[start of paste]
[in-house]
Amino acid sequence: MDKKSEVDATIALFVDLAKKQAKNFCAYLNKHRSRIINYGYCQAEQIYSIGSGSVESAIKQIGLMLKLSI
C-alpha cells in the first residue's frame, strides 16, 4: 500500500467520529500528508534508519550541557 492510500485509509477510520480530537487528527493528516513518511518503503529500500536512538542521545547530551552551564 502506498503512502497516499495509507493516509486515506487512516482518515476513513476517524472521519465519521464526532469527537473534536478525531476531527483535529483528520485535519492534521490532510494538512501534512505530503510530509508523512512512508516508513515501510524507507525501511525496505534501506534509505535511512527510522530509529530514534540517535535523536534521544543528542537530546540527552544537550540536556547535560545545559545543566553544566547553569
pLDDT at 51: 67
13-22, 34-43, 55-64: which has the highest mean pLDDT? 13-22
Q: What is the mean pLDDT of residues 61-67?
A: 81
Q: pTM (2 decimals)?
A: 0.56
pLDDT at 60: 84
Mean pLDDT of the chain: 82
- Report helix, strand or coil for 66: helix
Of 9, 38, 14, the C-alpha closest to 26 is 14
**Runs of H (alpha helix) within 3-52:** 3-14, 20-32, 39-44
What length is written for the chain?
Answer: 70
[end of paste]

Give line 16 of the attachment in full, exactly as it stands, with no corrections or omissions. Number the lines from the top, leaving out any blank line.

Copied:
Answer: 70